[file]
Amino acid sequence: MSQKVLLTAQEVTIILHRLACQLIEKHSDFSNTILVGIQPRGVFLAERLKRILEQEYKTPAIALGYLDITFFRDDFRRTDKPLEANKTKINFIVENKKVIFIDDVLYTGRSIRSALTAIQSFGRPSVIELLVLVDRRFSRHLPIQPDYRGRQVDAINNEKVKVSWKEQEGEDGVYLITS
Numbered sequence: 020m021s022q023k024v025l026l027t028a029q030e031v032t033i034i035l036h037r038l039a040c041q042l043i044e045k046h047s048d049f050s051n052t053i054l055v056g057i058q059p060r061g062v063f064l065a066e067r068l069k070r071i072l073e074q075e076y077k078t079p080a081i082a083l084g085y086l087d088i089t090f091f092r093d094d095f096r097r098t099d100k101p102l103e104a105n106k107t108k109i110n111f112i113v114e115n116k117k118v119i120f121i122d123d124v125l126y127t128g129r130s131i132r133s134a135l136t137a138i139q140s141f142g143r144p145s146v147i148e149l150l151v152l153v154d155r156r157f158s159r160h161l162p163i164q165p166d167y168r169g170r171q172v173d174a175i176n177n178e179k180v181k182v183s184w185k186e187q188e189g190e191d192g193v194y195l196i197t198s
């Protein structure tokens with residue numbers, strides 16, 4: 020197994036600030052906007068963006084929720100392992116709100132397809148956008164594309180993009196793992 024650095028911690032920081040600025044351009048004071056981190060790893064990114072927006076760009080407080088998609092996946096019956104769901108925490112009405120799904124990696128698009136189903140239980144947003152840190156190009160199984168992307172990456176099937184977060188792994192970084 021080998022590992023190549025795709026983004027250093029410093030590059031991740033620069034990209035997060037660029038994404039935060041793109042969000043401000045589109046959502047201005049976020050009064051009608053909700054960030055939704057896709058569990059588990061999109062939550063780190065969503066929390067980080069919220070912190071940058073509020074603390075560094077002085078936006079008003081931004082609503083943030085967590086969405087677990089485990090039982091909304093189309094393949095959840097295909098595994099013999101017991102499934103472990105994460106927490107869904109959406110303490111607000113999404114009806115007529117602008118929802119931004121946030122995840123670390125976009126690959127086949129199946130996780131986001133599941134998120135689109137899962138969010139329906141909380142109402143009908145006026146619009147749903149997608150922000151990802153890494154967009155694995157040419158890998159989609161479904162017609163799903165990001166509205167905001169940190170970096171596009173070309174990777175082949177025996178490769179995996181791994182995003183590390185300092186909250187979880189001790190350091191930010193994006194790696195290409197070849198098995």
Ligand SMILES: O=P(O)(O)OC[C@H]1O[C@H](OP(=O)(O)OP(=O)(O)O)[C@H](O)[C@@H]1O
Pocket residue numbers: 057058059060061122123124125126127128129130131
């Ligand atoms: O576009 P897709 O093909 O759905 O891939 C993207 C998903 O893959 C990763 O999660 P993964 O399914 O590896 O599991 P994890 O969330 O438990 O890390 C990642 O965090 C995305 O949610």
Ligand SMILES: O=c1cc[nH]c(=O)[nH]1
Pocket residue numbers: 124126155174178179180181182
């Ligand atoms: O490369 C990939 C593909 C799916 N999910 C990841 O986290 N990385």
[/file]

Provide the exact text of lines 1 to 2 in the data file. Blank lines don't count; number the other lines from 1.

Amino acid sequence: MSQKVLLTAQEVTIILHRLACQLIEKHSDFSNTILVGIQPRGVFLAERLKRILEQEYKTPAIALGYLDITFFRDDFRRTDKPLEANKTKINFIVENKKVIFIDDVLYTGRSIRSALTAIQSFGRPSVIELLVLVDRRFSRHLPIQPDYRGRQVDAINNEKVKVSWKEQEGEDGVYLITS
Numbered sequence: 020m021s022q023k024v025l026l027t028a029q030e031v032t033i034i035l036h037r038l039a040c041q042l043i044e045k046h047s048d049f050s051n052t053i054l055v056g057i058q059p060r061g062v063f064l065a066e067r068l069k070r071i072l073e074q075e076y077k078t079p080a081i082a083l084g085y086l087d088i089t090f091f092r093d094d095f096r097r098t099d100k101p102l103e104a105n106k107t108k109i110n111f112i113v114e115n116k117k118v119i120f121i122d123d124v125l126y127t128g129r130s131i132r133s134a135l136t137a138i139q140s141f142g143r144p145s146v147i148e149l150l151v152l153v154d155r156r157f158s159r160h161l162p163i164q165p166d167y168r169g170r171q172v173d174a175i176n177n178e179k180v181k182v183s184w185k186e187q188e189g190e191d192g193v194y195l196i197t198s